'Deadly Air' Case Finally Goes to South African High Court

Heavy industries and Eskom power stations on the Highveld play a vital role in sustaining South Africa's economy, but this cannot be used to justify the excessive levels of air pollution that 'kill 10,000 people each year', environmental justice groups argued in the Gauteng High Court.

Advocate Steven Budlender SC made this point at the start of the landmark legal case on industrial air pollution, which seeks to compel the government to introduce tougher regulations within six months to reduce the overall level of air pollution levels in parts of Gauteng and Mpumalanga known as the Highveld Priority Area.

Mpumalanga, home to 12 of Eskom's coal-fired power stations, was ranked among the world's worst hotspots for nitrogen dioxide and sulphur dioxide emissions by Greenpeace in 2019. The Deadly Air case comes as South Africa prepares to submit its latest draft Nationally Determined Contribution, the country's pledge to reduce greenhouse gas emissions and meet the goals of the Paris Climate Agreement.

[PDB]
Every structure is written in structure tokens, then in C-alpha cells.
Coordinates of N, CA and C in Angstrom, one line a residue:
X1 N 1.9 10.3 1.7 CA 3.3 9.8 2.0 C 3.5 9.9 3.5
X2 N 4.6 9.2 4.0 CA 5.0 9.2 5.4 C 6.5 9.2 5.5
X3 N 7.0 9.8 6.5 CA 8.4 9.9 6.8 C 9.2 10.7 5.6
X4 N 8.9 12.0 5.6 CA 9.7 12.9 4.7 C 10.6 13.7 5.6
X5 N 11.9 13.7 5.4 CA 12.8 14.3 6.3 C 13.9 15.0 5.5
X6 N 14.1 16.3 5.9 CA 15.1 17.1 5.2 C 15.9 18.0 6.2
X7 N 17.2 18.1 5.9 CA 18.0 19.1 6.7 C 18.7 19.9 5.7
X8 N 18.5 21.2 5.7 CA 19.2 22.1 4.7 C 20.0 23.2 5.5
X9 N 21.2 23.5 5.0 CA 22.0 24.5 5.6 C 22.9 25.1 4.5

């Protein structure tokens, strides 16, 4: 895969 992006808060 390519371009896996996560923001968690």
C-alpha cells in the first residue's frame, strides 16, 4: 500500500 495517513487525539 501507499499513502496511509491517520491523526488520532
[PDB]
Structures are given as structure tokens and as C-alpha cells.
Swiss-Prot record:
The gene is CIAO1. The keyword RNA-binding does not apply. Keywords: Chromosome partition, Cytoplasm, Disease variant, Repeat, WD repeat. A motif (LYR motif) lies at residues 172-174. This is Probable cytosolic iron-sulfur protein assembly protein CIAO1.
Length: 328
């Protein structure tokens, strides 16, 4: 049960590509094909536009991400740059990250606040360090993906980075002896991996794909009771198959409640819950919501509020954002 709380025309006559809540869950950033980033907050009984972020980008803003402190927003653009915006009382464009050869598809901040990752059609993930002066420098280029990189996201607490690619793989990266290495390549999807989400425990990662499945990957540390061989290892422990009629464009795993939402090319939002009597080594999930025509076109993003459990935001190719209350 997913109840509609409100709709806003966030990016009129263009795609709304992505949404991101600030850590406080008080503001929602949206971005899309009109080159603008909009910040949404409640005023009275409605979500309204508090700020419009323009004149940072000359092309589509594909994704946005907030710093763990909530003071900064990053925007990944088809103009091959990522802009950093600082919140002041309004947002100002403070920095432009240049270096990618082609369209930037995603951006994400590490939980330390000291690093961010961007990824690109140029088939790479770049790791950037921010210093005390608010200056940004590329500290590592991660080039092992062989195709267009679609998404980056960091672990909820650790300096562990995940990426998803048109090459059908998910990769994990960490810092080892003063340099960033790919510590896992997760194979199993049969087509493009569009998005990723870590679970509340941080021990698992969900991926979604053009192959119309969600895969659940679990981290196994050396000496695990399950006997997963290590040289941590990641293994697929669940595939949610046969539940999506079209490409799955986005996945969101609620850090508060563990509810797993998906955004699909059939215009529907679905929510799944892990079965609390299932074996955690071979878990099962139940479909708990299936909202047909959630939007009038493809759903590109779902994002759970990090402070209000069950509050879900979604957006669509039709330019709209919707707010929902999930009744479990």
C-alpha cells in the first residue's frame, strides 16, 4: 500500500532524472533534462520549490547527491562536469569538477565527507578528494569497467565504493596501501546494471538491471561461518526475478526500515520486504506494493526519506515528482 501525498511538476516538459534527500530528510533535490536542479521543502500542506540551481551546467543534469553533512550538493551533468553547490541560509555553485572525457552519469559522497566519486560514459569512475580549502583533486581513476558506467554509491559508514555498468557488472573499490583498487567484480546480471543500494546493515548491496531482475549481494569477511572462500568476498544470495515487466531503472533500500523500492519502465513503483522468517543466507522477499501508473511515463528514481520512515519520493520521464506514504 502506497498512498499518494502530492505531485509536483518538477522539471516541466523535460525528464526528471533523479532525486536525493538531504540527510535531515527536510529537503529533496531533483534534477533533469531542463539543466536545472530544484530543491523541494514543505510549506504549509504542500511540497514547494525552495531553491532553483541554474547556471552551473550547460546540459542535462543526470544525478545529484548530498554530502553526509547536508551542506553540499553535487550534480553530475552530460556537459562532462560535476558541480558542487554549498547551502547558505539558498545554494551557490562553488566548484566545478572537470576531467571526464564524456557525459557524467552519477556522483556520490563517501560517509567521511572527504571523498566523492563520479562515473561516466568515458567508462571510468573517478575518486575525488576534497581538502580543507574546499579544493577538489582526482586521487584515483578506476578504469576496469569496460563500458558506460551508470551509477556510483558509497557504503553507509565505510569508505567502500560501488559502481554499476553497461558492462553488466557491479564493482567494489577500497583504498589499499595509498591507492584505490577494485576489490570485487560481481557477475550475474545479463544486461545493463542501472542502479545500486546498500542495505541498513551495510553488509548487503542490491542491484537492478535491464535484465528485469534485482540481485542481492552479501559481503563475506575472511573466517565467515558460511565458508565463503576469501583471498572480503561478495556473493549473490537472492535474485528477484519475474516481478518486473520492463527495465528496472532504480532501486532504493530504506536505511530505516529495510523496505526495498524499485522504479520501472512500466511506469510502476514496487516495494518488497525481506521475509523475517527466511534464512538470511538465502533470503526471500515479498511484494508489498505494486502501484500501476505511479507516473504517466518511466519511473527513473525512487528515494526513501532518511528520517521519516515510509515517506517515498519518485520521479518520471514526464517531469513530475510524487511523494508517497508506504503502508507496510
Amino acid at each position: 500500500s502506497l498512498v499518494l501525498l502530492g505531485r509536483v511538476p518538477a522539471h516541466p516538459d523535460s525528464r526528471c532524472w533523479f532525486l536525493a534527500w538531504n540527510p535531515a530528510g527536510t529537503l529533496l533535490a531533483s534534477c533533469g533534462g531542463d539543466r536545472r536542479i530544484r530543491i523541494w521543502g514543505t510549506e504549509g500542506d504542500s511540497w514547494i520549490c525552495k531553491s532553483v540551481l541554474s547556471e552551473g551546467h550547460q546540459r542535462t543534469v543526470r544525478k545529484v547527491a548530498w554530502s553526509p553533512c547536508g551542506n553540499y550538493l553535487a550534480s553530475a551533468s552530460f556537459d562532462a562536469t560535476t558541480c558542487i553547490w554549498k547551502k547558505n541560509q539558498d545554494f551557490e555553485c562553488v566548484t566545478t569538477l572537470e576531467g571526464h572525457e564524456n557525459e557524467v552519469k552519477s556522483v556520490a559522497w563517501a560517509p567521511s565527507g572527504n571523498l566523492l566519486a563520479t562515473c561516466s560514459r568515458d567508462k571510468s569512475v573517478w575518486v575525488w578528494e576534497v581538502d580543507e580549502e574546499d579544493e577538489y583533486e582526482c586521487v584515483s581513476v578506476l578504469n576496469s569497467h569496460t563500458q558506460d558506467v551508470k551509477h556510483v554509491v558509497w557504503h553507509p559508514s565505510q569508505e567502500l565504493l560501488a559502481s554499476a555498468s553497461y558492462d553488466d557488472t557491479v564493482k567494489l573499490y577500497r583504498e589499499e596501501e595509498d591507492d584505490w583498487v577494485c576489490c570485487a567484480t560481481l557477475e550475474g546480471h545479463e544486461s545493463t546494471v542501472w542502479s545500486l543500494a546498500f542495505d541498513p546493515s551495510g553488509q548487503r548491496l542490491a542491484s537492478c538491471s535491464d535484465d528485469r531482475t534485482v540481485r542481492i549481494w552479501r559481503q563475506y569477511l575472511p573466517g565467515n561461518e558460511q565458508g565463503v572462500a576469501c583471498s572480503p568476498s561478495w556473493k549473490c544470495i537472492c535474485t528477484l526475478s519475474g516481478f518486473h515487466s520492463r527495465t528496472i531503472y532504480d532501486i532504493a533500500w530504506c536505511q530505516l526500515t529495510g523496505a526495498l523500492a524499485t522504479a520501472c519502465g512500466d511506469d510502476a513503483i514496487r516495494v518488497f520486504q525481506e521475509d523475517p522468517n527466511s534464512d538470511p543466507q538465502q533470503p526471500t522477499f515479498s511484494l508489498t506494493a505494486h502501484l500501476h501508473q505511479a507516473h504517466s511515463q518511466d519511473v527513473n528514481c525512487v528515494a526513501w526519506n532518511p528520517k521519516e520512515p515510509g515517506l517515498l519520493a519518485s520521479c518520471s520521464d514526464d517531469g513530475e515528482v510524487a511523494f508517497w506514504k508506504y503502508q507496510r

Any meaningful commitment will entail South Africa taking tangible steps to move away from its coal dependency - South Africa's coal reliance places it in the top 15 worldwide largest emitters of greenhouse gases, and makes it one of the most carbon-intensive economies in the G20.


Mpumalanga is home to a cluster of twelve coal-fired power plants with a total capacity of over 32 gigawatts owned and operated by Eskom. The satellite data further reveals that the cities of Johannesburg and Pretoria are also highly affected by extreme NO2 pollution levels which blow across from Mpumalanga and into both cities due to close proximity and regular east winds (file photo).

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